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dc.contributor.authorLibamba, Edwin*
dc.contributor.authorMakombe, Simon D*
dc.contributor.authorHarries, Anthony D*
dc.contributor.authorSchouten, Erik J*
dc.contributor.authorYu, Joseph Kwong-Leung*
dc.contributor.authorPasulani, Olesi*
dc.contributor.authorMhango, Eustice*
dc.contributor.authorAberle-Grasse, John*
dc.contributor.authorHochgesang, Mindy*
dc.contributor.authorLimbambala, Eddie*
dc.contributor.authorLungu, Douglas*
dc.date.accessioned2010-11-25T19:10:57Z
dc.date.available2010-11-25T19:10:57Z
dc.date.issued2007-02-01
dc.identifier.citationBull. World Health Organ. 2007;85(2):156-60en
dc.identifier.issn0042-9686
dc.identifier.pmid17308738
dc.identifier.urihttp://hdl.handle.net/10144/116352
dc.description.abstractPROBLEM: Many resource-poor countries have started scaling up antiretroviral therapy (ART). While reports from individual clinics point to successful implementation, there is limited information about progress in government institutions at a national level. APPROACH: Malawi started national ART scale-up in 2004 using a structured approach. There is a focus on one generic, fixed-dose combination treatment with stavudine, lamivudine and nevirapine. Treatment is delivered free of charge to eligible patients with HIV and there is a standardized system for recruiting patients, monthly follow-up, registration, monitoring and reporting of cases and outcomes. All treatment sites receive quarterly supervision and evaluation. LOCAL SETTING: In January 2004, there were nine public sector facilities delivering ART to an estimated 4 000 patients. By December 2005, there were 60 public sector facilities providing free ART to 37,840 patients using national standardized systems. Analysis of quarterly cohort treatment outcomes at 12 months showed 80% of patients were alive, 10% dead, 9% lost to follow-up and 1% had stopped treatment. LESSONS LEARNED: Achievements were the result of clear national ART guidelines, implementing partners working together, an intensive training schedule focused on clinical officers and nurses, a structured system of accrediting facilities for ART delivery, quarterly supervision and monitoring, and no stock-outs of antiretroviral drugs. The main challenges are to increase the numbers of children, pregnant women and patients with tuberculosis being started on ART, and to avert high early mortality and losses to follow-up. The capacity of the health sector to cope with escalating case loads and to scale up prevention alongside treatment will determine the future success of ART delivery in Malawi.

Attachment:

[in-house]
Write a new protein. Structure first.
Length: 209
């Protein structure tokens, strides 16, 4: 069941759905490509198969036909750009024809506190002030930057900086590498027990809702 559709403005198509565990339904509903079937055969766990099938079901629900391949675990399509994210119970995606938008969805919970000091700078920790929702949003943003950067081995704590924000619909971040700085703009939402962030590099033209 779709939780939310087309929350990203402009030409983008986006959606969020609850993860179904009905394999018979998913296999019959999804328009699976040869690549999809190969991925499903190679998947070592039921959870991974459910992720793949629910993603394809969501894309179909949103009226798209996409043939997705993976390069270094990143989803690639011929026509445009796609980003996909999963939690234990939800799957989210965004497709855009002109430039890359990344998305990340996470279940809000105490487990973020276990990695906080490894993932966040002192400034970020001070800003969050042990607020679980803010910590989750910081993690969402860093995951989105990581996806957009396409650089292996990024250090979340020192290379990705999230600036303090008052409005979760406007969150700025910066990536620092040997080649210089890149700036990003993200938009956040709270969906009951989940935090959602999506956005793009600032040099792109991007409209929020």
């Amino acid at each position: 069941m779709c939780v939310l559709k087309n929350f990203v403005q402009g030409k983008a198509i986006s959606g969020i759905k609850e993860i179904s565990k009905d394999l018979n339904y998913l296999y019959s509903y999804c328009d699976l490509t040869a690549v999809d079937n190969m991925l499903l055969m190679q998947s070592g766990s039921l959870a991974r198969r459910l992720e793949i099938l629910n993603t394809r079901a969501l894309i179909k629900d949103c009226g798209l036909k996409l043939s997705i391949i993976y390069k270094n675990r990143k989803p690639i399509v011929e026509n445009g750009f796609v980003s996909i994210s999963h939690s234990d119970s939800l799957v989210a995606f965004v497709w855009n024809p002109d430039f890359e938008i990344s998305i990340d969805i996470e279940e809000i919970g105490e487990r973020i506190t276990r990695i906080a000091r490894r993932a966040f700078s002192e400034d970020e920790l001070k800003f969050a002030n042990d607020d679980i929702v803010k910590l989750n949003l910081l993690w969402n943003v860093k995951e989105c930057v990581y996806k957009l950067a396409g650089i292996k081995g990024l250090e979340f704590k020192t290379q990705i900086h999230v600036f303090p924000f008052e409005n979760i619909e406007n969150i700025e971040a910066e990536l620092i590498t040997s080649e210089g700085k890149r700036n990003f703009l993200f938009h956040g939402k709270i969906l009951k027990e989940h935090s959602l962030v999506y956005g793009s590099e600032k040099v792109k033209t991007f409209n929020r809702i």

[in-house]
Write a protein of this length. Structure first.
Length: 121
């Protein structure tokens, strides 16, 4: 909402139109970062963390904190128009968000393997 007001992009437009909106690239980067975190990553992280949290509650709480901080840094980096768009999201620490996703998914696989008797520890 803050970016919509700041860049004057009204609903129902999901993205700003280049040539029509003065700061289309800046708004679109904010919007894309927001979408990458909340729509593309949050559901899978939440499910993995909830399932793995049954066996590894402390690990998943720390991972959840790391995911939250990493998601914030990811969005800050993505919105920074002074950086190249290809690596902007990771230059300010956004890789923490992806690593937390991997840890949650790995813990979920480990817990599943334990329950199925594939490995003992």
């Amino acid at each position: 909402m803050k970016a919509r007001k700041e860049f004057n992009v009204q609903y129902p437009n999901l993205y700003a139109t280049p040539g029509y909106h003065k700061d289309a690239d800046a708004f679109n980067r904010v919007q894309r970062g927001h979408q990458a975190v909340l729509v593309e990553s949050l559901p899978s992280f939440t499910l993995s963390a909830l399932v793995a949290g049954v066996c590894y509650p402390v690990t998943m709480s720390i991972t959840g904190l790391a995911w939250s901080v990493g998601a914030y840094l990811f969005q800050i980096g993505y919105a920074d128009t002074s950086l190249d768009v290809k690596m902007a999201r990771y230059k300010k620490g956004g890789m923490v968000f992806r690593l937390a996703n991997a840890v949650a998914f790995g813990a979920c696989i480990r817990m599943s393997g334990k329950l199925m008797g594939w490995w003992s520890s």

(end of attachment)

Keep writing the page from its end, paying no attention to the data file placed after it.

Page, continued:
dc.language.isoenen
dc.relation.urlhttp://www.scielosp.org/scielo.php?script=sci_arttext&pid=S0042-96862007000200015&lng=en&nrm=iso&tlng=enen
dc.rightsArchived with thanks to Bulletin of the World Health Organizationen
dc.subject.meshAdolescenten
dc.subject.meshAdulten
dc.subject.meshAnti-Retroviral Agentsen
dc.subject.meshChilden
dc.subject.meshFemaleen
dc.subject.meshHIV Infectionsen
dc.subject.meshHealth Services Accessibilityen
dc.subject.meshHealth Services Needs and Demanden
dc.subject.meshHumansen
dc.subject.meshMalawien
dc.subject.meshMaleen
dc.subject.meshProgram Evaluationen
dc.subject.meshPublic Health Administrationen
dc.subject.meshPublic Sectoren
dc.subject.meshResource Allocationen
dc.titleMalawi's contribution to "3 by 5": achievements and challengesen
dc.typeArticleen
dc.contributor.departmentClinical HIV Unit, Ministry of Health, Lilongwe, Malawi; HIV Coordinator, Ministry of Health, Lilongwe, Malawi; Taiwan Medical Mission, Mzuzu Central Hospital, Mzuzu, Malawi; Médecins sans Frontières Belgium, Thyolo District Hospital, Malawi; Lighthouse Clinic, Lilongwe, Malawi; Centres for Disease Control, Lilongwe office, Malawi; WHO country office, Lilongwe, Malawi; Department of Clinical Services, Ministry of Health, Lilongwe, Malawien
dc.identifier.journalBulletin of the World Health Organizationen
refterms.dateFOA2019-03-04T08:31:08Z
html.description.abstractPROBLEM: Many resource-poor countries have started scaling up antiretroviral therapy (ART). While reports from individual clinics point to successful implementation, there is limited information about progress in government institutions at a national level. APPROACH: Malawi started national ART scale-up in 2004 using a structured approach. There is a focus on one generic, fixed-dose combination treatment with stavudine, lamivudine and nevirapine. Treatment is delivered free of charge to eligible patients with HIV and there is a standardized system for recruiting patients, monthly follow-up, registration, monitoring and reporting of cases and outcomes. All treatment sites receive quarterly supervision and evaluation. LOCAL SETTING: In January 2004, there were nine public sector facilities delivering ART to an estimated 4 000 patients. By December 2005, there were 60 public sector facilities providing free ART to 37,840 patients using national standardized systems. Analysis of quarterly cohort treatment outcomes at 12 months showed 80% of patients were alive, 10% dead, 9% lost to follow-up and 1% had stopped treatment. LESSONS LEARNED: Achievements were the result of clear national ART guidelines, implementing partners working together, an intensive training schedule focused on clinical officers and nurses, a structured system of accrediting facilities for ART delivery, quarterly supervision and monitoring, and no stock-outs of antiretroviral drugs. The main challenges are to increase the numbers of children, pregnant women and patients with tuberculosis being started on ART, and to avert high early mortality and losses to follow-up. The capacity of the health sector to cope with escalating case loads and to scale up prevention alongside treatment will determine the future success of ART delivery in Malawi.


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